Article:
They've done what so many say can't be done. Reverend Cecil Williams and Janice Mirikitani transformed a slowly dying all-white congregation into a diverse community full of the least of these. Chronicled in the pages of "Beyond the Possible" is a voice that stands out against the cynical voices so often heard when people herald change. Cecil and Janice evoke the deeper hopes of change and transformation the bellows deep within the Christian tradition.
After all, Warren Buffett, Desmond Tutu, Maya Angelou, and Bono all endorse their work. It's hard to come by that diverse of an endorsement. Yet what makes their story so provocative is the endorsement of a changed community. It's not the words of famous and respected people that make this community stand out, it's the transformation that the community has made.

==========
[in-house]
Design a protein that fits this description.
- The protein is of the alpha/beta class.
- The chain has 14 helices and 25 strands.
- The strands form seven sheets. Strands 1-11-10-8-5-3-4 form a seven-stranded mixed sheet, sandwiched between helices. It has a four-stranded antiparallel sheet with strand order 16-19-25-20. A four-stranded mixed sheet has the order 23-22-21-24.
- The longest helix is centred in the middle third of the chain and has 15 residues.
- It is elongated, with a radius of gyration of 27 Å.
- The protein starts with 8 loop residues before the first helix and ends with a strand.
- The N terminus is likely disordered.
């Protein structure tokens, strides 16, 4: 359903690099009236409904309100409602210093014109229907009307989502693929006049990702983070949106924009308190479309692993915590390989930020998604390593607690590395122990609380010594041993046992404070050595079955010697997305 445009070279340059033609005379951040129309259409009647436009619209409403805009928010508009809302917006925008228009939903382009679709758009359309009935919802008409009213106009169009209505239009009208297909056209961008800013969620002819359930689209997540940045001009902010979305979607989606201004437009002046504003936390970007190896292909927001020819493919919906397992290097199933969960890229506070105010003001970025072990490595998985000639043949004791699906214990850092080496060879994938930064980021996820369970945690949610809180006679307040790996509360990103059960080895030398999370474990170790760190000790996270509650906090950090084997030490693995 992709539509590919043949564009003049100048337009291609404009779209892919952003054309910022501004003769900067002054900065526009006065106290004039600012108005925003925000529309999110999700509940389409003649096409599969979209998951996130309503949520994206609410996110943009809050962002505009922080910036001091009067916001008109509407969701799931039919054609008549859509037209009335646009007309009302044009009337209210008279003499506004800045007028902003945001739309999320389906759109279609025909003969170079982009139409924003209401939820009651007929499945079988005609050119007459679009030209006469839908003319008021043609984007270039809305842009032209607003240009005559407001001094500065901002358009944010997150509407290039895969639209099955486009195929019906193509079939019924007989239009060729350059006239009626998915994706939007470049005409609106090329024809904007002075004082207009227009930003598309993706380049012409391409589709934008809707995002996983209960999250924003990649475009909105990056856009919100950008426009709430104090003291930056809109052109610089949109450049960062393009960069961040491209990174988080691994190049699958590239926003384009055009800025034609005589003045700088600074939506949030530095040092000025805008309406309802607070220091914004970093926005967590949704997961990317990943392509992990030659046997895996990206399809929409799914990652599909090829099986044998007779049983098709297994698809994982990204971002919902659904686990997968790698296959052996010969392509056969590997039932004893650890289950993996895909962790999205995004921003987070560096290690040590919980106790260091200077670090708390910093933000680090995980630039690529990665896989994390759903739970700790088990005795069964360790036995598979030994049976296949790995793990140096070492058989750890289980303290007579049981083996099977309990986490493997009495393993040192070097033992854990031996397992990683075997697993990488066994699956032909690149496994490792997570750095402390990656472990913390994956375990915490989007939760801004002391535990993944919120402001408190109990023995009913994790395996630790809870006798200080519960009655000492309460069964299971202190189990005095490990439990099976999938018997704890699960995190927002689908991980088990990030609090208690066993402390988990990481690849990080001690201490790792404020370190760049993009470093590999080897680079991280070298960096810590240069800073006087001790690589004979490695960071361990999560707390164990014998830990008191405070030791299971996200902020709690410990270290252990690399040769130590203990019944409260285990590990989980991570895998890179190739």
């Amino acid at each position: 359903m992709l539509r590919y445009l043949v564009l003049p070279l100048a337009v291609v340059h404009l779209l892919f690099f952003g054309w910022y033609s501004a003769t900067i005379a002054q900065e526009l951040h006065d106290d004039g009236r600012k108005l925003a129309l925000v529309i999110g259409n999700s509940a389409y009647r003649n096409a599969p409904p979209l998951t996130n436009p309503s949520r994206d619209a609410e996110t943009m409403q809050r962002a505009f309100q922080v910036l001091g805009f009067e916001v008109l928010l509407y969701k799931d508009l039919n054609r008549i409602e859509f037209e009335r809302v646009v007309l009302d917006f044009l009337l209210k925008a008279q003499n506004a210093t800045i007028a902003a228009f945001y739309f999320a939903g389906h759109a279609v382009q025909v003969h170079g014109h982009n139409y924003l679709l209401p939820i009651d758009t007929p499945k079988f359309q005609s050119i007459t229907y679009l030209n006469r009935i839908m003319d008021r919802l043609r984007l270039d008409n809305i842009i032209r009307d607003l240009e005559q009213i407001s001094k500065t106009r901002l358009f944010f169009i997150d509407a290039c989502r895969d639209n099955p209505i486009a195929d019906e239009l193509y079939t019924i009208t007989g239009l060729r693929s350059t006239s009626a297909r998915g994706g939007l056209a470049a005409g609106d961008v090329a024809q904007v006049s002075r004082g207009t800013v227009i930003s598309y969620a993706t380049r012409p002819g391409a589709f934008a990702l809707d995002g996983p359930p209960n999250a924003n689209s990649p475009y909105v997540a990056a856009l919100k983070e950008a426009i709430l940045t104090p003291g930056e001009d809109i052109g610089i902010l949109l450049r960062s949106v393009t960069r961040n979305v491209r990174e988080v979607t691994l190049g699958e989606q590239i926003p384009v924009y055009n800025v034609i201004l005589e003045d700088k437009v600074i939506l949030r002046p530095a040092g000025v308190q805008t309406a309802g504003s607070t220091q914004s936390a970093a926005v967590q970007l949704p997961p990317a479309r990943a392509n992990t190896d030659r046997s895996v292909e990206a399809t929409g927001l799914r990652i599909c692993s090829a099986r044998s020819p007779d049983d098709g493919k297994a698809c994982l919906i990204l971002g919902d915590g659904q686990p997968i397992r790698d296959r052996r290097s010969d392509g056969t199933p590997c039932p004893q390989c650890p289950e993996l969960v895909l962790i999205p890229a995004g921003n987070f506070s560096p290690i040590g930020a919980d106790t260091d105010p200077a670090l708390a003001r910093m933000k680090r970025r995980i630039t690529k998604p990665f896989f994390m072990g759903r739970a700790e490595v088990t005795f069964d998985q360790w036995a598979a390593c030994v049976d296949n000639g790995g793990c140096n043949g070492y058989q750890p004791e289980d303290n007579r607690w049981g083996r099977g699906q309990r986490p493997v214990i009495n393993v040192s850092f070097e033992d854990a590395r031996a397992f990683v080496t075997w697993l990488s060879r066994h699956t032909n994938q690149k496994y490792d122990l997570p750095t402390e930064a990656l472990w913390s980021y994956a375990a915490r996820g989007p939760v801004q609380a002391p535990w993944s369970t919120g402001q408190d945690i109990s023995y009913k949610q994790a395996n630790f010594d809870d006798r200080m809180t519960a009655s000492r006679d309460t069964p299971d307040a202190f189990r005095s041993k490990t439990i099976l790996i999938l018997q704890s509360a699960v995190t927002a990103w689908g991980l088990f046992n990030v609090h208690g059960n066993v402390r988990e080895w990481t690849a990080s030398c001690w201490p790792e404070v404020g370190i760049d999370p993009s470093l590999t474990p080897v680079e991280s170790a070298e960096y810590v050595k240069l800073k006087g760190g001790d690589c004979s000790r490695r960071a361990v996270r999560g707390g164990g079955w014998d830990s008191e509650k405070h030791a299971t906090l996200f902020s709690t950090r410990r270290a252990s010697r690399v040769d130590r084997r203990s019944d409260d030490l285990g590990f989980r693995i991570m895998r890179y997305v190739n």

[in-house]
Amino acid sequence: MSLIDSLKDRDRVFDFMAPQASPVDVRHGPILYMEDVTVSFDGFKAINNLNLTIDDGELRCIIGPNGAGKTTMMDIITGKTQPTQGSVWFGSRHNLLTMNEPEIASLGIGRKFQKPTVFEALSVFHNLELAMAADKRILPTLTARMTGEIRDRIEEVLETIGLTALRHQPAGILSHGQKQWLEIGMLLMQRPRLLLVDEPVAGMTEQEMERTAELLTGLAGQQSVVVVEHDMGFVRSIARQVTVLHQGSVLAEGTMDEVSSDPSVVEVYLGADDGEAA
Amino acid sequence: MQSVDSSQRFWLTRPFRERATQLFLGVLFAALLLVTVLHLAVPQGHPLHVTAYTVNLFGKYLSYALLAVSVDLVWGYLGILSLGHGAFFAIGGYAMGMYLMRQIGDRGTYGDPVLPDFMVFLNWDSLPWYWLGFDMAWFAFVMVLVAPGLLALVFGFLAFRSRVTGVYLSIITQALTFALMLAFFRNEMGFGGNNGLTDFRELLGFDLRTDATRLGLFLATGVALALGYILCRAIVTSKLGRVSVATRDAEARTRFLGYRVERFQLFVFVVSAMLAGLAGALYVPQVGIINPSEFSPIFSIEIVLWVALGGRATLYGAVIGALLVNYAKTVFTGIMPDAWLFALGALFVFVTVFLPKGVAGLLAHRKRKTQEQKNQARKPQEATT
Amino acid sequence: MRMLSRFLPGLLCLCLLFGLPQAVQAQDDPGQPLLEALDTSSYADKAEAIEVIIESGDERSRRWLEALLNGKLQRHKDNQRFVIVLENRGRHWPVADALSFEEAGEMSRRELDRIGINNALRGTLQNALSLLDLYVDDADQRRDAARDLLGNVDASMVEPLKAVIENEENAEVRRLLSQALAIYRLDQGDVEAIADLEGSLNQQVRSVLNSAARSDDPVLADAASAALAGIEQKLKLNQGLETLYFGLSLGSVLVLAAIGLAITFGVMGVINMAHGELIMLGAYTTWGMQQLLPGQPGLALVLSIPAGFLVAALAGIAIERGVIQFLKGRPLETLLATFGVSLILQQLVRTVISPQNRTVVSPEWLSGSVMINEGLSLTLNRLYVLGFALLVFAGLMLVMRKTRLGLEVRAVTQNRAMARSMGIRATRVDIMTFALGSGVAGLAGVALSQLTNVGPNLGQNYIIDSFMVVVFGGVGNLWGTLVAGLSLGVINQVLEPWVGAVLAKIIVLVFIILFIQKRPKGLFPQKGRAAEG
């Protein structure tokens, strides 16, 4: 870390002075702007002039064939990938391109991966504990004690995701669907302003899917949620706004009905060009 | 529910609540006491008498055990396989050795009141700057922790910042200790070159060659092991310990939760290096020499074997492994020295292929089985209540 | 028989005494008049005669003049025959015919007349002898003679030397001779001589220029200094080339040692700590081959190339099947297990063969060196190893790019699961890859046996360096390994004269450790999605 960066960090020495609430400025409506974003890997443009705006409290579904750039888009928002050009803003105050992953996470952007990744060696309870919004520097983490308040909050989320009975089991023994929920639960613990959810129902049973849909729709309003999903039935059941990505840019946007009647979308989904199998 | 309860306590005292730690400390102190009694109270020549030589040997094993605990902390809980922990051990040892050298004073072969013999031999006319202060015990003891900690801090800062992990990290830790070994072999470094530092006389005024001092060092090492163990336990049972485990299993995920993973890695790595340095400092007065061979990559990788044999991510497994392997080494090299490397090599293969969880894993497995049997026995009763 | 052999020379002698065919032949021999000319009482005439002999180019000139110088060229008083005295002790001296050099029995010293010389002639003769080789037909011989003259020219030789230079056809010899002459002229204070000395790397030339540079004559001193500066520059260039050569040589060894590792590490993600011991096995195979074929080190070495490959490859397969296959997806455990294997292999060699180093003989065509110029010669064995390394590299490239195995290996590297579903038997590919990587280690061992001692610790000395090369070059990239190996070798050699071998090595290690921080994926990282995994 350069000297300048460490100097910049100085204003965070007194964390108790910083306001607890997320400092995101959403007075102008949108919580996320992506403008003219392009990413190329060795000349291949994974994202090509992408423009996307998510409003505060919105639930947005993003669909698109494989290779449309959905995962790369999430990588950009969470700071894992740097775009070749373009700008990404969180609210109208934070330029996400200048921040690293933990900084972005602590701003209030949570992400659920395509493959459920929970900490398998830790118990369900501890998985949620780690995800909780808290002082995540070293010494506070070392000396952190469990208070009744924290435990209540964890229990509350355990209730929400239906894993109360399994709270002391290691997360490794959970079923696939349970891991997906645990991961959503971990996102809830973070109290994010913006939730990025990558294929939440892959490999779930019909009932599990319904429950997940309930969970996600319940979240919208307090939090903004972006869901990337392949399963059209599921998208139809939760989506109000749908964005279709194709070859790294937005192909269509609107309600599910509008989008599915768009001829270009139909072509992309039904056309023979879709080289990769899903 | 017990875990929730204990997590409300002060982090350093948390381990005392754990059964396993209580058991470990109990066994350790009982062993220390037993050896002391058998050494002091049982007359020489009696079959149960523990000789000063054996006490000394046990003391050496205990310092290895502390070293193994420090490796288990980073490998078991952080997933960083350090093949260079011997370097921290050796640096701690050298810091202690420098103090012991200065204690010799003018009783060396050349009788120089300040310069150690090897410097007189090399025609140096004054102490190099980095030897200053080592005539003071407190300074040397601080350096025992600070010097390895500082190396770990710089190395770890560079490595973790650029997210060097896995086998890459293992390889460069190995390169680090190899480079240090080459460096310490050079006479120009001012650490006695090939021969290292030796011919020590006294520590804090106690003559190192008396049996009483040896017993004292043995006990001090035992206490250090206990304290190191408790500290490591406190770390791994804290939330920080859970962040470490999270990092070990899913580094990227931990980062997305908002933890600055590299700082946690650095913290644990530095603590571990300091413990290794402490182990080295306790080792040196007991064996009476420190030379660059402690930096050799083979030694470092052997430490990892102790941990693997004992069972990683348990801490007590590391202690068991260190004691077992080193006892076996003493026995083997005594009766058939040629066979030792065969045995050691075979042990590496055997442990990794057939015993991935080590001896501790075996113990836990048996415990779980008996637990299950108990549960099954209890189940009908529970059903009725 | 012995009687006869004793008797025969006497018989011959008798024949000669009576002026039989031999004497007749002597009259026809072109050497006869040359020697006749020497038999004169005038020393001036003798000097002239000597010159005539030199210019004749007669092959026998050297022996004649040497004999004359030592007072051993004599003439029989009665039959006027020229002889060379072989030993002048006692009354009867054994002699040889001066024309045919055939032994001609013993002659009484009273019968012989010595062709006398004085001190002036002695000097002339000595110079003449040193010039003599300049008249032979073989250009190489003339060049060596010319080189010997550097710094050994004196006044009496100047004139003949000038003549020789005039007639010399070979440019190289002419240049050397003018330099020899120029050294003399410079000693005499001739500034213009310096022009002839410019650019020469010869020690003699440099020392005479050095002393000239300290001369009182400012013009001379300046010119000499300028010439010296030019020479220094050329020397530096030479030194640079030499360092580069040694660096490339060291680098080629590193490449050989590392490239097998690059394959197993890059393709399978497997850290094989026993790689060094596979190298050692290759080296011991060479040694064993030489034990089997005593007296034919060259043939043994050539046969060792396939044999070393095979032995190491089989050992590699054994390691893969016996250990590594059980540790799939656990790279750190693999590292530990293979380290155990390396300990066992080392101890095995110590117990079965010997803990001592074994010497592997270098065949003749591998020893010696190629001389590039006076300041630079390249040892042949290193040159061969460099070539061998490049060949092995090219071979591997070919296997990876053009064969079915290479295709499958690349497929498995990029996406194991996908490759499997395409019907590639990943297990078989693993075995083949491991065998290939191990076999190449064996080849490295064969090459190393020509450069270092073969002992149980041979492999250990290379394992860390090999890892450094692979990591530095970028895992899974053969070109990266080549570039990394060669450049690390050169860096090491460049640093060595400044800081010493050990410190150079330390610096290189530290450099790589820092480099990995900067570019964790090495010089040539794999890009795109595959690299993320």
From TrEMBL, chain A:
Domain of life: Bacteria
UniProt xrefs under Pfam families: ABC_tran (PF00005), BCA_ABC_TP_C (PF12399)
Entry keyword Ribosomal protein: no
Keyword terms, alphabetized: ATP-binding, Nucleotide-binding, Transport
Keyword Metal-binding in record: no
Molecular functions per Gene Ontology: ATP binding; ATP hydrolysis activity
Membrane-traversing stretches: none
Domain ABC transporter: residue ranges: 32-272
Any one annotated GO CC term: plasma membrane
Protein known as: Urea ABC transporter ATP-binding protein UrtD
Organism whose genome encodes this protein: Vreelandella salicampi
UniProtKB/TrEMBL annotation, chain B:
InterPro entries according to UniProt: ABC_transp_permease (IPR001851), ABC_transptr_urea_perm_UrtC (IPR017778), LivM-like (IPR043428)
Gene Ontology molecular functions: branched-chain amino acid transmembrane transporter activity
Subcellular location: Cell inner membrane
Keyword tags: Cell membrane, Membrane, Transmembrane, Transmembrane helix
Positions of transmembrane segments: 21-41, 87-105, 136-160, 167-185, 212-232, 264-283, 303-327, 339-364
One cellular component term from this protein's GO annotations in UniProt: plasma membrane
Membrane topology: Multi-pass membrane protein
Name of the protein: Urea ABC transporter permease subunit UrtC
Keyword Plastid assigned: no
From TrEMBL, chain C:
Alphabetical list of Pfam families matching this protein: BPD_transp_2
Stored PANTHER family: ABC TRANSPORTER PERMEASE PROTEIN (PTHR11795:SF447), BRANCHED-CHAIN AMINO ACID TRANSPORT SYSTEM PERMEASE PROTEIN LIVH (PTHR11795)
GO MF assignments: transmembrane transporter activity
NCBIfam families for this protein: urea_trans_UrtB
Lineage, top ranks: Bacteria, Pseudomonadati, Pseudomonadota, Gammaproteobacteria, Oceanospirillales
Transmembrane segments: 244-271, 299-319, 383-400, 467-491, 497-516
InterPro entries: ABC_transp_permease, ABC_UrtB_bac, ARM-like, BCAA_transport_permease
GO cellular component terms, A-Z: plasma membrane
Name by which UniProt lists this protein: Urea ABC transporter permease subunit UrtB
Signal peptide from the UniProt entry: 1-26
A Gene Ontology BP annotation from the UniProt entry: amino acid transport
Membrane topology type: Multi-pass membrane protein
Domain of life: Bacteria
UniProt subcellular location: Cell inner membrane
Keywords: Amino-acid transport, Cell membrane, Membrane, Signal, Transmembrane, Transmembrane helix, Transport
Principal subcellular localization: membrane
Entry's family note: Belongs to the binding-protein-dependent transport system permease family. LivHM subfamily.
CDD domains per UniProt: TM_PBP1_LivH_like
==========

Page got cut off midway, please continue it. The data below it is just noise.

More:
It also takes love.
As one journeys through "Beyond the Possible" they will find themselves challenged and provoked. It's as though one reads a contemporary gospel. No, Cecil and Janice aren't messianic. They are, however, living into a love like grace under pressure. They are helping communities see the Jesus in each other.
Anyone reading this work shouldn't expect a step-by-step model. In the stories, the challenges, and the hopes people will see that all communities are capable of radical transformation. The question is, how do we continue to live into unconditional love? What does that look like? Cecil and Janice demonstrate it well. There's too many words to share on this, but I will leave you with one quote from Cecil, one that gracefully haunts me:
"We don't expect any particular outcome, and we don't judge them for being in the food lines in the first place. We're in for the long haul. We persist in accepting them and loving them without condition because their humanity is our humanity."
By Cecil Williams & Janice Mirikitani
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